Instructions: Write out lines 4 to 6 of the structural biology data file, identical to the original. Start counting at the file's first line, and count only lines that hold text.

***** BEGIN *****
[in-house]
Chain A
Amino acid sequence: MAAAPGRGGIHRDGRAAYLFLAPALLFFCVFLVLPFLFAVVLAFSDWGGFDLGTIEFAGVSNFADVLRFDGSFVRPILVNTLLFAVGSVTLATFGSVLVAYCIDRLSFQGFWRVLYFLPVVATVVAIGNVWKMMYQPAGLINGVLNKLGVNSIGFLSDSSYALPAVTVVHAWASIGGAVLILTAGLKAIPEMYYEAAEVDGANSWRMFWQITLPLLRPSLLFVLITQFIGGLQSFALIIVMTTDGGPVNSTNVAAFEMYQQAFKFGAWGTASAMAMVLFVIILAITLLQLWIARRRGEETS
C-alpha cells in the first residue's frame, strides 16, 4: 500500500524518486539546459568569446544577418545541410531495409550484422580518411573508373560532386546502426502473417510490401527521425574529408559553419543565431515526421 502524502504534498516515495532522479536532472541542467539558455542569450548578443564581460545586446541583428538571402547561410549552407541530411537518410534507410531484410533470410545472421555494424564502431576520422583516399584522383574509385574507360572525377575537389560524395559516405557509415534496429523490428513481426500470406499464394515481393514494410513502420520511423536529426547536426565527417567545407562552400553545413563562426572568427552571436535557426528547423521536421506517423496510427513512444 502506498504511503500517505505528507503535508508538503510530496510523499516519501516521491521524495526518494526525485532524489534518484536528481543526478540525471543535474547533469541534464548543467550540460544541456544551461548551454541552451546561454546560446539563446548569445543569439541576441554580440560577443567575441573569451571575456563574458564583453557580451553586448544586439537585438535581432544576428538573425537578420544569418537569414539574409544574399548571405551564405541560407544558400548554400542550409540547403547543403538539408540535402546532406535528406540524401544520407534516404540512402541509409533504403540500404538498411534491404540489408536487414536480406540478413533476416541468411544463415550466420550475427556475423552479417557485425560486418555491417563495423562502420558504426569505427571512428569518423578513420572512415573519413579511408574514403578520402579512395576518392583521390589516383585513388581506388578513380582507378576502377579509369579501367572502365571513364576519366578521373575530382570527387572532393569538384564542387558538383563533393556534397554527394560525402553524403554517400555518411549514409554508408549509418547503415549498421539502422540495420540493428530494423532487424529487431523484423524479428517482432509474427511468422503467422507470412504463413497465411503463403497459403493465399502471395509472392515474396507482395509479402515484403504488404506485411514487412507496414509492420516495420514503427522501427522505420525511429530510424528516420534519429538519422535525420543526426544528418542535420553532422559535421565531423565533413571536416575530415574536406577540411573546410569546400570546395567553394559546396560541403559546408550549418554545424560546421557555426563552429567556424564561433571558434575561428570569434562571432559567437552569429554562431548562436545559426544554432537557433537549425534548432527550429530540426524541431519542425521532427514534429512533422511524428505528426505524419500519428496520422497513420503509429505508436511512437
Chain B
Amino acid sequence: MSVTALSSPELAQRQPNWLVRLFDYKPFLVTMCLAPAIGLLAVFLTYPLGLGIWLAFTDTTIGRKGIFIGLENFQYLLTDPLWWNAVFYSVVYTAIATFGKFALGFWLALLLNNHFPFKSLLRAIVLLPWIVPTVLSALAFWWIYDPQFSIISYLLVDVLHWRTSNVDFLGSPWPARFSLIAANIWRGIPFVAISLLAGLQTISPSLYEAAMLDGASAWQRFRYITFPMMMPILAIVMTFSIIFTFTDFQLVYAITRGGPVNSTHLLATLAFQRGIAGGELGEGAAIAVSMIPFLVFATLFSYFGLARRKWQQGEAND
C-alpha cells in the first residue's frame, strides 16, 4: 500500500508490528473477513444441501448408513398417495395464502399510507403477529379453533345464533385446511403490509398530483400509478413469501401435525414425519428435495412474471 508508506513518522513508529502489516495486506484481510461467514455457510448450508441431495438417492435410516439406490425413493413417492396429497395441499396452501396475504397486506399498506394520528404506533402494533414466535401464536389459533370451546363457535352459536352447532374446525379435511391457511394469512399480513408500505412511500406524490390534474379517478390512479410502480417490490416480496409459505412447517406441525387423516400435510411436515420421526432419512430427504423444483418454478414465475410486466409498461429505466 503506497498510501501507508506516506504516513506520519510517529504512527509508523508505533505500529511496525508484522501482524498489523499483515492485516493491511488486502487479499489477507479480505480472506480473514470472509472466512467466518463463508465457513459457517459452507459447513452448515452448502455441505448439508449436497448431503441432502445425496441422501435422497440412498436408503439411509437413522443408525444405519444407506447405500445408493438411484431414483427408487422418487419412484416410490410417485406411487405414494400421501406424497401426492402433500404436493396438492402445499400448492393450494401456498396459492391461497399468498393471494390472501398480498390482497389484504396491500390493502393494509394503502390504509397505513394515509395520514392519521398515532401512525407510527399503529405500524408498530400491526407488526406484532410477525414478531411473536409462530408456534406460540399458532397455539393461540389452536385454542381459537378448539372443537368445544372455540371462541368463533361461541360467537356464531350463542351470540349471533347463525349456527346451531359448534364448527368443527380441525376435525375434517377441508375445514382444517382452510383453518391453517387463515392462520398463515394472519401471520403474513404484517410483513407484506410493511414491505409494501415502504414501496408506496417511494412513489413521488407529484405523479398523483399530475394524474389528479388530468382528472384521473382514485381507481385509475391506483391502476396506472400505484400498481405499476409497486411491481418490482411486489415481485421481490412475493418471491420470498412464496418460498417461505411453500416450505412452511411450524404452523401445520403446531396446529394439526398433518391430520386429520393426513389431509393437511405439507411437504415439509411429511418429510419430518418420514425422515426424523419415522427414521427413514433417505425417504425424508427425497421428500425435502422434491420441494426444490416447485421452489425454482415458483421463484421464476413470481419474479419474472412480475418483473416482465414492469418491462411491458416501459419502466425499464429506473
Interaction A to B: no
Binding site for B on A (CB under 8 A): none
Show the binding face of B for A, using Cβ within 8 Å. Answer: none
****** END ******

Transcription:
C-alpha cells in the first residue's frame, strides 16, 4: 500500500524518486539546459568569446544577418545541410531495409550484422580518411573508373560532386546502426502473417510490401527521425574529408559553419543565431515526421 502524502504534498516515495532522479536532472541542467539558455542569450548578443564581460545586446541583428538571402547561410549552407541530411537518410534507410531484410533470410545472421555494424564502431576520422583516399584522383574509385574507360572525377575537389560524395559516405557509415534496429523490428513481426500470406499464394515481393514494410513502420520511423536529426547536426565527417567545407562552400553545413563562426572568427552571436535557426528547423521536421506517423496510427513512444 502506498504511503500517505505528507503535508508538503510530496510523499516519501516521491521524495526518494526525485532524489534518484536528481543526478540525471543535474547533469541534464548543467550540460544541456544551461548551454541552451546561454546560446539563446548569445543569439541576441554580440560577443567575441573569451571575456563574458564583453557580451553586448544586439537585438535581432544576428538573425537578420544569418537569414539574409544574399548571405551564405541560407544558400548554400542550409540547403547543403538539408540535402546532406535528406540524401544520407534516404540512402541509409533504403540500404538498411534491404540489408536487414536480406540478413533476416541468411544463415550466420550475427556475423552479417557485425560486418555491417563495423562502420558504426569505427571512428569518423578513420572512415573519413579511408574514403578520402579512395576518392583521390589516383585513388581506388578513380582507378576502377579509369579501367572502365571513364576519366578521373575530382570527387572532393569538384564542387558538383563533393556534397554527394560525402553524403554517400555518411549514409554508408549509418547503415549498421539502422540495420540493428530494423532487424529487431523484423524479428517482432509474427511468422503467422507470412504463413497465411503463403497459403493465399502471395509472392515474396507482395509479402515484403504488404506485411514487412507496414509492420516495420514503427522501427522505420525511429530510424528516420534519429538519422535525420543526426544528418542535420553532422559535421565531423565533413571536416575530415574536406577540411573546410569546400570546395567553394559546396560541403559546408550549418554545424560546421557555426563552429567556424564561433571558434575561428570569434562571432559567437552569429554562431548562436545559426544554432537557433537549425534548432527550429530540426524541431519542425521532427514534429512533422511524428505528426505524419500519428496520422497513420503509429505508436511512437
Chain B
Amino acid sequence: MSVTALSSPELAQRQPNWLVRLFDYKPFLVTMCLAPAIGLLAVFLTYPLGLGIWLAFTDTTIGRKGIFIGLENFQYLLTDPLWWNAVFYSVVYTAIATFGKFALGFWLALLLNNHFPFKSLLRAIVLLPWIVPTVLSALAFWWIYDPQFSIISYLLVDVLHWRTSNVDFLGSPWPARFSLIAANIWRGIPFVAISLLAGLQTISPSLYEAAMLDGASAWQRFRYITFPMMMPILAIVMTFSIIFTFTDFQLVYAITRGGPVNSTHLLATLAFQRGIAGGELGEGAAIAVSMIPFLVFATLFSYFGLARRKWQQGEAND